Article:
The term “Gmail” has rapidly become a household phrase. And, there is a good reason for that. Email isn’t going anywhere.
Email is a part of our culture, and we use digital messaging for everything. Just like humans, email is evolving, and there are certain phrases and behaviors that we tend to use in email messages that will be obsolete in just a few years.
While it’s important to maintain proper etiquette in email, we also need to be respectful of the other person’s time. “Rambling on and on or typing irrelevant phrases is just as bad as verbally spouting out gibberish in front of clients or managers,” wrote Inc.
Your ability to communicate effectively with email will help set you apart from your peers.
7 email phrases that will be obsolete in 5 years
Obsolete phrases tend to be phrases that we used to write in hand-written letters.
But, email is a very unique method of communication, and expectations are much different. The things we wrote in old-fashioned letters may not be appropriate in an email.
Keep your emails direct and assertive. The shorter your message, the more likely it is that the recipient will read it and take action.
Here are 7 email phrases that will be obsolete very soon.
1. “To Whom It May Concern”
Okay, this one might already be obsolete. It’s impersonal and robotic.
While this greeting may have been appropriate in a traditional letter that could be read by anyone, emails tend to be directed toward a specific person or business department.
Don’t use this phrase in email.
It might seem counterintuitive that such a polite word like “please” would be obsolete in email, but it is. In fact, the word plagues corporate email and is used in awkward and unnatural ways in most email messages.
By using the word “please”, you are effectively begging your recipient to do what you asked them to do. The very notion is bizarre.
“The intended courtesy is commendable. The style is not,” wrote Syntaxis.
To fix this problem, omit the word “please” but keep the rest of the sentence. For instance, instead of writing “Please see the attached”, simply write, “I have attached” (more on this below).
Or, instead of “Please let me know if you have questions”, write “Let me know if you have any questions” instead. The meaning is the same without the word “please”.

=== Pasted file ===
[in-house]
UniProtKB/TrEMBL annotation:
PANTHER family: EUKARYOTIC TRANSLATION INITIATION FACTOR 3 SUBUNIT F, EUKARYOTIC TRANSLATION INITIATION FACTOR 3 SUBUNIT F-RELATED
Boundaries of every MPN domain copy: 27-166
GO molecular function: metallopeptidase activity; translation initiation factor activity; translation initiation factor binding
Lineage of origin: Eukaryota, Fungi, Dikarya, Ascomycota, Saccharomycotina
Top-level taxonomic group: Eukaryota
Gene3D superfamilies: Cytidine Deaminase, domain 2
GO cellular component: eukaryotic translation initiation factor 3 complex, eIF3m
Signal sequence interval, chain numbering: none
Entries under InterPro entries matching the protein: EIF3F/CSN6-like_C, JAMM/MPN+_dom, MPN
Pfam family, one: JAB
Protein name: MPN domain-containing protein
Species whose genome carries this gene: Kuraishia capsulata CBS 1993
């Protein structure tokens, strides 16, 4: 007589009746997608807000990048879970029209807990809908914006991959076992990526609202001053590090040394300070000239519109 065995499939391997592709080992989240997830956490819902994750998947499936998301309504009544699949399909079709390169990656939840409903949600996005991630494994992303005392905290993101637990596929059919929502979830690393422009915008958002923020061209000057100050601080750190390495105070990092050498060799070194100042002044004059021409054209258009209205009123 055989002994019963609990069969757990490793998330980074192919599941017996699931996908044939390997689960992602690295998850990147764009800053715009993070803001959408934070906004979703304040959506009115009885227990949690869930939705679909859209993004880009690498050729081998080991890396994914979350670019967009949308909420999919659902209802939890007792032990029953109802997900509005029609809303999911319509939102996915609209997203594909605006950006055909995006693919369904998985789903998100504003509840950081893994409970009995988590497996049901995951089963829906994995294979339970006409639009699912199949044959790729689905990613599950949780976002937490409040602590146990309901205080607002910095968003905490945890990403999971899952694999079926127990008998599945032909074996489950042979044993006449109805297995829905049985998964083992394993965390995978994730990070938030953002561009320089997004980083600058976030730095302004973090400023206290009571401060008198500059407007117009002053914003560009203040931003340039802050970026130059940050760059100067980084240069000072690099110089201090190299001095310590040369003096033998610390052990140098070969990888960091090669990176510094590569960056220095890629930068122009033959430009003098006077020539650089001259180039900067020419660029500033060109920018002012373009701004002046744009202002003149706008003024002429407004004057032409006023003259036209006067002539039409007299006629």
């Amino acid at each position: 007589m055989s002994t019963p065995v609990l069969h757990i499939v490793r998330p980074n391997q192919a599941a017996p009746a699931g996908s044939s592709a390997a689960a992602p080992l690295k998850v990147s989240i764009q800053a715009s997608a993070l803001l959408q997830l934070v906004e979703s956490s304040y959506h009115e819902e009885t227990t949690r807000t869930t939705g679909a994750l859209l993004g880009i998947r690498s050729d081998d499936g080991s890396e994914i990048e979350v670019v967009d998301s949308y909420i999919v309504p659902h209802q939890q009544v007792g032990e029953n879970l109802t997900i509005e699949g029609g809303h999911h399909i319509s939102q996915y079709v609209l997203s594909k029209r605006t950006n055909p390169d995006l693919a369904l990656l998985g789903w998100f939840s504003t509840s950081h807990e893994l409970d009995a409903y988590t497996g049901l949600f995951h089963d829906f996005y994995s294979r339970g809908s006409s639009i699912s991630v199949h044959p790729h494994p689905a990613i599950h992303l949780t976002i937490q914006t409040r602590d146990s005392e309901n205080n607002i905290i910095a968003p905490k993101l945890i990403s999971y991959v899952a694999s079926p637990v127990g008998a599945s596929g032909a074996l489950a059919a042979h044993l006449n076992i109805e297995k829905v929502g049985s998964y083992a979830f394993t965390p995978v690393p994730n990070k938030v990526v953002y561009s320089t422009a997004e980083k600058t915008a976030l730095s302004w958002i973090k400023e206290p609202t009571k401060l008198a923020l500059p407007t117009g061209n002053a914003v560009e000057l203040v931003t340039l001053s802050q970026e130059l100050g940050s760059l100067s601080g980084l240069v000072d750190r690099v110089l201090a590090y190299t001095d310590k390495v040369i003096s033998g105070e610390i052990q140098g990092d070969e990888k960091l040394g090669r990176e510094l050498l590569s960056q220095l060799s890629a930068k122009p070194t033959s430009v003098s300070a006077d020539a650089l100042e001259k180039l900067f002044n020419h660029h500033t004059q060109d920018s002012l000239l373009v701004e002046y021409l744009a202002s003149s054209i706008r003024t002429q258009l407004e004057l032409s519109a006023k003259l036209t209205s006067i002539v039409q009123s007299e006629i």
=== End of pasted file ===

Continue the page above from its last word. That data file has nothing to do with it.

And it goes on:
In addition to removing an awkward plea, you will also “no longer have three-sentence emails in which 67% of the sentences begin with the same word.”
3. “Enclosed/attached, please find…”
Again, this might be appropriate when writing a traditional letter, but in email, it sounds strange. Resist using the term “enclosed” because we don’t truly enclose anything within an email.
We attach things. Secondly, opt for a more direct “Attached is…”, or “I have attached…” phrase instead. Once again, we don’t need to include “please”.
4. “Don’t hesitate to contact me”
This phrase largely goes unstated in the vast majority of emails that we send.
Email is one of the easiest forms of communication that exists. If the recipient wants to contact you, they will do so with or without your encouragement.
5. “I thought that I’d reach out”
The act of sending the email implies that you thought about reaching out. No need to state the obvious.
Instead, just dive into why you sent the email rather than stating “Here’s an email!”.
6. “Please note that”
“The truth is that this phrase is actually passive,” noted Life Hack. Though polite, using a phrase like this comes across as less assertive and less confident than “Be advised”.
Remember that most of our inboxes are full of emails, all vying for the attention (and action) of the email recipient.
If your email is not assertive and proactive in nature, it’s likely the recipient won’t take action, and this will be especially true in years to come as email becomes the de facto way to communicate in business.
7. “Kindly, Respectfully, Sincerely, Truly Yours, etc”
These overly-polite words are largely becoming a thing of the past.
They are used too often in email and are unnecessary and borderline cliché.
Instead, just finish your email with your name or your pre-designed email signature.
— Steve Adcock
This article originally appeared on Ladders.